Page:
Self-Care Practice in Social Work Education: A Systematic Review of Interventions

Austin Griffiths, David Royse, April Murphy, Saundra Starks

Research output: Contribution to journalArticlepeer-review

37 Scopus citations

Abstract

Social work is a demanding profession as practitioners routinely face difficult situations that affect their well-being. The National Association of Social Workers strongly supports self-care practice as an approved mechanism to offset these challenges, yet practitioners report not learning techniques necessary to perform self-care. In this study, a systematic review compliant with Preferred Reporting Items for Systematic Reviews and Meta-Analyses standards was conducted to identify evidence-based interventions used to improve student self-care practice in social work education. In the four studies meeting inclusion criteria, mindfulness practice was the only empirically evaluated self-care strategy reported—and with mixed results. Mindfulness activities enable social workers to sustain their well-being and is critical to modeling and providing effective service delivery to clients. Areas for further research are indicated.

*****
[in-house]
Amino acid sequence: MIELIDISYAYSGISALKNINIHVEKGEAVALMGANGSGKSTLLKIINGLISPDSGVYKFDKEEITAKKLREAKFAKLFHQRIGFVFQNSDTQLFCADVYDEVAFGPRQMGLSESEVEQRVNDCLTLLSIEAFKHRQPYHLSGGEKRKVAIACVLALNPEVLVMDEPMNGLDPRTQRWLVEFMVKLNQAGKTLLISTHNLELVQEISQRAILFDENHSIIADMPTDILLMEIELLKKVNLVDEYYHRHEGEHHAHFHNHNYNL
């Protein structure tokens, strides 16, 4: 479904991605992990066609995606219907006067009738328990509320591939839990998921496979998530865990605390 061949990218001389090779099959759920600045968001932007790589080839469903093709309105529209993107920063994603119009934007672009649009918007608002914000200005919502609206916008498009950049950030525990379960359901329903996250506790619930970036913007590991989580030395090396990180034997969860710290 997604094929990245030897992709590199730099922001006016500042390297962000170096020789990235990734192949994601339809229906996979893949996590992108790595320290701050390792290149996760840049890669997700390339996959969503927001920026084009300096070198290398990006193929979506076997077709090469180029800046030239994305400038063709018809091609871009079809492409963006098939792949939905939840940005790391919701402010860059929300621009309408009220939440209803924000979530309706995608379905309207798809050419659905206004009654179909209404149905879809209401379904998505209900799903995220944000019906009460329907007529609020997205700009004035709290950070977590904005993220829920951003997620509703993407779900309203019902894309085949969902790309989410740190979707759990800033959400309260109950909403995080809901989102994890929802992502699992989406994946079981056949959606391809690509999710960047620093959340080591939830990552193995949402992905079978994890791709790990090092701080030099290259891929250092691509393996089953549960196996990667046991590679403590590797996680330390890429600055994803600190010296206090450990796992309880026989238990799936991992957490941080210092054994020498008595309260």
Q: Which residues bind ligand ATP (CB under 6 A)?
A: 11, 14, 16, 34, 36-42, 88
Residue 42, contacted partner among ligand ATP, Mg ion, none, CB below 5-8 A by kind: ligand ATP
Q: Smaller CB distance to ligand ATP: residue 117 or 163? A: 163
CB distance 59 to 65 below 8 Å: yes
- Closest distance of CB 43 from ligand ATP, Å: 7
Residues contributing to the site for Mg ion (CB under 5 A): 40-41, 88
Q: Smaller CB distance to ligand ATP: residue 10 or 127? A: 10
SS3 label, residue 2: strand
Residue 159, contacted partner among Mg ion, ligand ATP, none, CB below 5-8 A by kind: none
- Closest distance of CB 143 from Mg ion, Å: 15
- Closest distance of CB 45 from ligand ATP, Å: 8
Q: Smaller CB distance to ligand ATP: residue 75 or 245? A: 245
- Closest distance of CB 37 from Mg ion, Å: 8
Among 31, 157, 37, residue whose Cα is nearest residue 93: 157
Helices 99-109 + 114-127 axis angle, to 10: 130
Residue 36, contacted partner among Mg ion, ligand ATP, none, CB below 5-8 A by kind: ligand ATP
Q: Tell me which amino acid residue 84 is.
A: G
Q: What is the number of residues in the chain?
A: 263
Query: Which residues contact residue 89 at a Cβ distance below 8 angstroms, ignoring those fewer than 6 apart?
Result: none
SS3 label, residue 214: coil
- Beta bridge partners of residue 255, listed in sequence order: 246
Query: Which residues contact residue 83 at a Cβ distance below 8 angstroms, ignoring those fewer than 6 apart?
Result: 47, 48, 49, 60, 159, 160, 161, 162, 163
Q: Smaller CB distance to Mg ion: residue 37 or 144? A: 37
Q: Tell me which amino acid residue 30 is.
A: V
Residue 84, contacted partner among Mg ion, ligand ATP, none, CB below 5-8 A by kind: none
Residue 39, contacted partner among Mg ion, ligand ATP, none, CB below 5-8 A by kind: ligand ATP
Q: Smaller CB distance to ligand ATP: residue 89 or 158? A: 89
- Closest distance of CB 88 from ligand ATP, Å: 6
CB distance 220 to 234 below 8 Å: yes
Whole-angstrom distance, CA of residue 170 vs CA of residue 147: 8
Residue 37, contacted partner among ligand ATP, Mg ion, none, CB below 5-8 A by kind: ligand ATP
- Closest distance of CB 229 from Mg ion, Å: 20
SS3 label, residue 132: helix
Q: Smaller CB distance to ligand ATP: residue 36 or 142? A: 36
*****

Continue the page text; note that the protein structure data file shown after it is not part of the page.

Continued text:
Original languageEnglish
Pages (from-to)102-114
Number of pages13
JournalJournal of Social Work Education
Volume55
Issue number1
DOIs
StatePublished - Jan 2 2019

Bibliographical note

Publisher Copyright:
© 2019, © 2019 Council on Social Work Education.

ASJC Scopus subject areas

  • Education
  • Social Sciences (miscellaneous)

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